How to Protect Your AC From Storms
“An ounce of prevention is worth a pound of cure.” There’s a reason why that old adage has been passed down through the years. It’s always better to be prepared for misfortunes than to have to deal with the consequences. During storm season in Ontario, OR, Weiser, ID, that proves true for protecting your air conditioning system as well.
Our professionals at Comfort Zone Heating & Cooling want you to have a reliable air conditioning system before, during, and after a storm. Here are some tips on helping you protect your air conditioner investment.
Add Appropriate Insurance Riders
Although basic homeowners insurance will cover some storm damage, if you happen to live in an area that’s particularly prone to flooding, hurricanes, or tornadoes, you may want to add a rider to cover these particular situations. Having the additional coverage can bring you peace of mind that expensive equipment is covered and can be more easily replaced if needed. According to the Insurance Information Institute, about one in 50 insured homes has a property damage claim related to wind, hail, or water damage each year.
Learn How to Turn Off Electricity
Be sure you and all older family members know how to access your electric circuit breaker and understand how to turn the electricity off in your home in the case of violent storms. You can do something as simple as labeling your circuit breakers so it’s easy to tell which breakers are connected to which major appliances in your home, including your heating, ventilating, and air conditioning (HVAC) system.
By turning off the breaker associated with your HVAC or air conditioning unit, you can protect your system from electrical surges or damage if debris gets trapped in a running unit.
Consider Investing in Surge Protection
Multiple types of surge protectors are available on the market today. You can either invest in a whole-house surge protector that can protect everything that’s connected to your electrical system in the case of electrical surges which can result from lightning, or you can connect individual surge protectors to only major appliances or electronic equipment.
Power surges may not only occur during storms but can happen for other reasons as well. Even minor ones can damage your equipment over time.
Think About Purchasing a Generator
Many different types of generators are also available, including some that automatically turn on when the power shuts off. Having a generator backup is an excellent way to keep your air conditioning system up and running even in the worst of storms. It will also power critical appliances like your refrigerator and your electronic devices.
Secure and Cover Condenser
Most of the time covering your air conditioning condenser outside is a bad idea. The condenser requires free air circulation to operate efficiently. However, in a storm, you may want to place a tarp temporarily over your condenser to protect it from flying debris. (Be sure to turn your system off before doing this though.) If small items such as branches and leaves get trapped inside the condenser, you can easily hurt your motor or experience other equipment malfunctions.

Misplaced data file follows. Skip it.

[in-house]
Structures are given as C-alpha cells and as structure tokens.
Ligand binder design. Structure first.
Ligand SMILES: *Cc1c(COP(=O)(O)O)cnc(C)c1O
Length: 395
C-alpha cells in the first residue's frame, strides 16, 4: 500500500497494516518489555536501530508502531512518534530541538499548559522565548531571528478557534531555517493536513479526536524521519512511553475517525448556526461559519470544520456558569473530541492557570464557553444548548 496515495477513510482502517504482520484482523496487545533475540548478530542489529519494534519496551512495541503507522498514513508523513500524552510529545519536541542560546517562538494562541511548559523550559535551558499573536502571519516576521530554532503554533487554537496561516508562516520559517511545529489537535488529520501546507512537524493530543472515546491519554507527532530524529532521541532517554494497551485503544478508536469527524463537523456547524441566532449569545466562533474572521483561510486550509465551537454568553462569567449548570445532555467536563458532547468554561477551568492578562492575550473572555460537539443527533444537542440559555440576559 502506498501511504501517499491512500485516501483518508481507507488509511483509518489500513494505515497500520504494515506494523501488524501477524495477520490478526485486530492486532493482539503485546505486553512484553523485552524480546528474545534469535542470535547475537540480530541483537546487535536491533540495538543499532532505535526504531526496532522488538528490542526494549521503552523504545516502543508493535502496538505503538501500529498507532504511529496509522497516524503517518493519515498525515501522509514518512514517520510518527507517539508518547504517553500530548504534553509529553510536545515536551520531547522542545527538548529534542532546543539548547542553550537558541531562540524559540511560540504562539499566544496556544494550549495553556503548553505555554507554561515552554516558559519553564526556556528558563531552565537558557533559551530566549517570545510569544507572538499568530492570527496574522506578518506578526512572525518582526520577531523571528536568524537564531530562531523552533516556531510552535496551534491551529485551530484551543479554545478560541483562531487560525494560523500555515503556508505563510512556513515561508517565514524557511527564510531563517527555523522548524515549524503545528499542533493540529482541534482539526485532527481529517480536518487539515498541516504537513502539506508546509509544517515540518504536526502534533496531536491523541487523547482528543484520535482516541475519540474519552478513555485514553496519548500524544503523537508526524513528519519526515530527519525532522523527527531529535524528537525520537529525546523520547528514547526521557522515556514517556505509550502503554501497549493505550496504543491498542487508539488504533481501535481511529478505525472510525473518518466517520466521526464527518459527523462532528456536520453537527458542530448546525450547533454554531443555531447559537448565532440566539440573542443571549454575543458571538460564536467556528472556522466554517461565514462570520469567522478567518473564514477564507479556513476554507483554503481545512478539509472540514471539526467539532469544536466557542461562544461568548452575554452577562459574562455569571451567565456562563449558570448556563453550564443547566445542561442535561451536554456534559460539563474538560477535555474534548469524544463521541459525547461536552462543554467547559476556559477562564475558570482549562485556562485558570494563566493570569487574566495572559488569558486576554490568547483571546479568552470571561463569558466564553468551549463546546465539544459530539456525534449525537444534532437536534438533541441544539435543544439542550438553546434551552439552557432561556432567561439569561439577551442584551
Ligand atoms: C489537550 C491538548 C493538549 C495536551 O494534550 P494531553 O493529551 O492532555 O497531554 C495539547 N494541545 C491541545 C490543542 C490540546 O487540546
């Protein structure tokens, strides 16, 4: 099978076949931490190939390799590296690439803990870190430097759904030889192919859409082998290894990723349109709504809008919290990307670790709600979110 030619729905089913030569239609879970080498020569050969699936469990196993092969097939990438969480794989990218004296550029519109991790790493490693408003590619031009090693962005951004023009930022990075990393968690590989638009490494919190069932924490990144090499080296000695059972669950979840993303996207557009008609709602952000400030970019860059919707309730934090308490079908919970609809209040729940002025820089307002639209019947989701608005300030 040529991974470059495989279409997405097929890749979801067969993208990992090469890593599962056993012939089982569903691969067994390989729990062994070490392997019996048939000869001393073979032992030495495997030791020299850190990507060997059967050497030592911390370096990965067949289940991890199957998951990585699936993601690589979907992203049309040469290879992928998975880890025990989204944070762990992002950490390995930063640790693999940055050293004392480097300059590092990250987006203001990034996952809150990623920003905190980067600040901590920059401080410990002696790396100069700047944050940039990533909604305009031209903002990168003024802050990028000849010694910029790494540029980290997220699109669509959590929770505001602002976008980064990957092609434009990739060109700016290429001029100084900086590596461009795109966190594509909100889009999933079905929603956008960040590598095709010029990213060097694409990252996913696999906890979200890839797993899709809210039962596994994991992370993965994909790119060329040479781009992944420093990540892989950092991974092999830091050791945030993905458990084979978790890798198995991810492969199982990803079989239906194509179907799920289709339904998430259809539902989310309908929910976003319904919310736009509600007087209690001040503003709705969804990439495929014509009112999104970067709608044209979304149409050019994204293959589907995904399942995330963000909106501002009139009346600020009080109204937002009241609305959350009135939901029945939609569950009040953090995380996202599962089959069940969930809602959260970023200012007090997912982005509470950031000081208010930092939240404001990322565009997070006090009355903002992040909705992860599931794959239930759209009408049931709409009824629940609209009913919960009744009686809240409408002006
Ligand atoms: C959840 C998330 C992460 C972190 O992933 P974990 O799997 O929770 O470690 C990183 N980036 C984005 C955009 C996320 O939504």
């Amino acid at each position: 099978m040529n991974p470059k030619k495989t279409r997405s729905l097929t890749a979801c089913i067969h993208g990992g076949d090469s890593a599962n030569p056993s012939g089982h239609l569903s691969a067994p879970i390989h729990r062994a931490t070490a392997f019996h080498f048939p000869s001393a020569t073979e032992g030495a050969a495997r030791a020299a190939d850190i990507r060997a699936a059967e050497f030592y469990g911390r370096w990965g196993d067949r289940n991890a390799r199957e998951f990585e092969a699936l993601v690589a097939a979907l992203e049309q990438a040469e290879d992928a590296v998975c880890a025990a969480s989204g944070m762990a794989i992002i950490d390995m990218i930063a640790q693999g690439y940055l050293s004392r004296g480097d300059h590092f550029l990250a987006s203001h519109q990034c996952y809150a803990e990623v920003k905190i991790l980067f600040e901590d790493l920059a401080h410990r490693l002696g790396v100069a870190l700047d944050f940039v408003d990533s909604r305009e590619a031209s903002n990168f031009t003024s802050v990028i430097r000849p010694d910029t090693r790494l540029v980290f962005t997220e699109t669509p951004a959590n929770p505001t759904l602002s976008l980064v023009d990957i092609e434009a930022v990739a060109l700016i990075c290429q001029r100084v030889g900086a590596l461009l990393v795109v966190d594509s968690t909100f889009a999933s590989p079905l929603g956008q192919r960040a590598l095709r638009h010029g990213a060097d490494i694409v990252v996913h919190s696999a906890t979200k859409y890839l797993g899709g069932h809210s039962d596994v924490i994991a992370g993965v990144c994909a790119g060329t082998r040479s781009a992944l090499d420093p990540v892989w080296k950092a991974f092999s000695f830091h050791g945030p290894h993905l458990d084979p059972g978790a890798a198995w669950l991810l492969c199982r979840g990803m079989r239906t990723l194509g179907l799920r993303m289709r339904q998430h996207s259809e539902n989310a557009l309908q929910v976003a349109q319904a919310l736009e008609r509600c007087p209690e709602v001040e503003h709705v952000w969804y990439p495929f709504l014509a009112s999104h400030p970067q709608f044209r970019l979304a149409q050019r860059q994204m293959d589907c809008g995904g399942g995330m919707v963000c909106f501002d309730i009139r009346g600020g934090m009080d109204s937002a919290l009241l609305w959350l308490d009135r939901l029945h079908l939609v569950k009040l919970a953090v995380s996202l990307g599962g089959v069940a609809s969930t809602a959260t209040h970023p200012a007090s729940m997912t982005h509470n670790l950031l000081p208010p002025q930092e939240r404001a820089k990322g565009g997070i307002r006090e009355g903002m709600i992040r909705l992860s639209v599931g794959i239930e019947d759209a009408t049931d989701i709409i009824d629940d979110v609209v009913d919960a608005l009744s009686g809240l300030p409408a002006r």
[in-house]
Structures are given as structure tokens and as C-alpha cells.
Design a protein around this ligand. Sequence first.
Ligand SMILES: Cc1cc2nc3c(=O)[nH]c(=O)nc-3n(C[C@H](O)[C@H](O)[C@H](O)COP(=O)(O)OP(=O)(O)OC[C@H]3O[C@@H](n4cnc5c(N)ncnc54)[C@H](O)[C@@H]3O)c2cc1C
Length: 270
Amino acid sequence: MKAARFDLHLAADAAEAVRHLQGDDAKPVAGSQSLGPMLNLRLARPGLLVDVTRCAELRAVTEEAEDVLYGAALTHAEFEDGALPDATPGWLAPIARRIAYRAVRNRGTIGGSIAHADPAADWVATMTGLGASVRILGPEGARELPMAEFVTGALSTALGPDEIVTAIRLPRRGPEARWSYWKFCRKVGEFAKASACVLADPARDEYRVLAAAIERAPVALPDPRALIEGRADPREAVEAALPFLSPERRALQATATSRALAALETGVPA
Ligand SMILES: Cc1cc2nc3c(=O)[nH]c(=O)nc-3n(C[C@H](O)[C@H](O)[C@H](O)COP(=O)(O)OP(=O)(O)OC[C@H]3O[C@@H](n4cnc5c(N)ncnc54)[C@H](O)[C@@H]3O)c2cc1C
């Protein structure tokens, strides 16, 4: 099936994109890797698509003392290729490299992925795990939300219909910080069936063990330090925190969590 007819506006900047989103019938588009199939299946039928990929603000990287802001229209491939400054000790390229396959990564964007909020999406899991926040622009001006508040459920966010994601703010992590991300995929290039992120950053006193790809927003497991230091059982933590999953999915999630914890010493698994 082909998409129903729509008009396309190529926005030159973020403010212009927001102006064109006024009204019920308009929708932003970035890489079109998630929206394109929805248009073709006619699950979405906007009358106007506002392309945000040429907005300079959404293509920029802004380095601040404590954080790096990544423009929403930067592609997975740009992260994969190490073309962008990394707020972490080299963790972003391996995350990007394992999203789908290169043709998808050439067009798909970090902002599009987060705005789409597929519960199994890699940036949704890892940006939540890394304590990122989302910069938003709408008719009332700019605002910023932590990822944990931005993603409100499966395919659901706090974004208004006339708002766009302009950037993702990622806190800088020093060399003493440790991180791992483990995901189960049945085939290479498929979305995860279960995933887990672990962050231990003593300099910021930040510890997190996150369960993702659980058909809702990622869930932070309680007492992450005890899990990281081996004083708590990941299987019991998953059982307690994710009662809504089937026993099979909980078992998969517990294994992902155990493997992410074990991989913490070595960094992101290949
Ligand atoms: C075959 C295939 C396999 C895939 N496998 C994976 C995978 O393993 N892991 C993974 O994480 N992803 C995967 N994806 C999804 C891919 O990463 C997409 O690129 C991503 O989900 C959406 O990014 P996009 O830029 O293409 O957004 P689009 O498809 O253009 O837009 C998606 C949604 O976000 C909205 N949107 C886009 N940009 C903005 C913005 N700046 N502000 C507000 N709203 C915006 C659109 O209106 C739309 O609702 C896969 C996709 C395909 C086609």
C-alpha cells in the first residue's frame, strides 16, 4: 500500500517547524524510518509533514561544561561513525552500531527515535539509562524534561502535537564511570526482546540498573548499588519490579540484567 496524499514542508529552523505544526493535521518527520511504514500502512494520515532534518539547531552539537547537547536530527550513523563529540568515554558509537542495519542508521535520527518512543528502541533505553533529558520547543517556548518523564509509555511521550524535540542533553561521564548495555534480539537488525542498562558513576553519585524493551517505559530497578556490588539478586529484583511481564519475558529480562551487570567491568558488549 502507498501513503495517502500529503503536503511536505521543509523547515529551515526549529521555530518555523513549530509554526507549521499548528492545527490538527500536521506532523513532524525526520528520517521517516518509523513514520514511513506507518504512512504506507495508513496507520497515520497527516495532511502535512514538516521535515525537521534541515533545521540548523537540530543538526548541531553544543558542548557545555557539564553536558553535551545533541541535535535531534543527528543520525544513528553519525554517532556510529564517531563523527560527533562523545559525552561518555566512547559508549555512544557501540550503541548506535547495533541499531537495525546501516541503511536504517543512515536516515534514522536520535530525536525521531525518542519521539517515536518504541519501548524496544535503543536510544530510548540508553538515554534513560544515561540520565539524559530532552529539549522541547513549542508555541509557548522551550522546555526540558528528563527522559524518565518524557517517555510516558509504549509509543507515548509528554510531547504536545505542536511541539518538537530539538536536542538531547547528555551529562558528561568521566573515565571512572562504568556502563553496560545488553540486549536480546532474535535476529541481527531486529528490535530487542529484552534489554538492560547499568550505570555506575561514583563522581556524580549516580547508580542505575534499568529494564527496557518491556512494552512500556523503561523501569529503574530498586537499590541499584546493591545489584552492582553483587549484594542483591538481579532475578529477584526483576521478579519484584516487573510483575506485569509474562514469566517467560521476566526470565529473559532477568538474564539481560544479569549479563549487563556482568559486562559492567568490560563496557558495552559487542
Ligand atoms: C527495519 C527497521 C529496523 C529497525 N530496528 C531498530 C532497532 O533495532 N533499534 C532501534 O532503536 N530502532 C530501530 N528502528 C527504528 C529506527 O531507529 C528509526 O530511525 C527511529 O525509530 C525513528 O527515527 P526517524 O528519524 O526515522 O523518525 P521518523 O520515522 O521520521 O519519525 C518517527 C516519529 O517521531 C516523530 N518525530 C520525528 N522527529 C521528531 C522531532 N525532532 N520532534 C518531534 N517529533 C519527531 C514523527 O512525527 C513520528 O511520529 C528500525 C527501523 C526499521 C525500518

In addition, if high winds are an issue, you may want to tie down your unit more securely to keep it from being pried up by the storm. If you live in a dwelling that’s on a higher floor, consider investing in hurricane straps to secure window air conditioners.
Prepare Your Yard
This may sound like a strange precaution, but being sure your trees are trimmed, dead branches are removed, and yard items are put away can help protect your air conditioning unit, as well as your home in general, in a violent storm. You want to remove anything that can be blown around and cause more damage, especially in a storm with high winds.
Rely on the Professionals
It’s always a good idea to have an HVAC professional come out regularly to inspect your air conditioning system to be sure it’s in good working order. However, if you do suffer damage from a storm, you may want to have your unit inspected before you turn it back on.
Storm damage may not necessarily be apparent, but in some cases it can cause more damage after the storm has passed. For example, flying debris can clog up the unit, disconnections inside your unit may cause toxic coolant leaks, and flooding can damage interior components. A simple inspection can ensure your air conditioner is safe to turn back on and will continue delivering reliable, efficient cooling in the future.
Let’s Talk Air Conditioners
Our Comfort Zone Heating & Cooling team in Ontario, OR, and Weiser, ID, wants you to protect the investment you have made in your air conditioning system. For a new system, preventive maintenance, repairs, or advice regarding storms and your air conditioning system in general, call us at 208-414-1302 or request service online.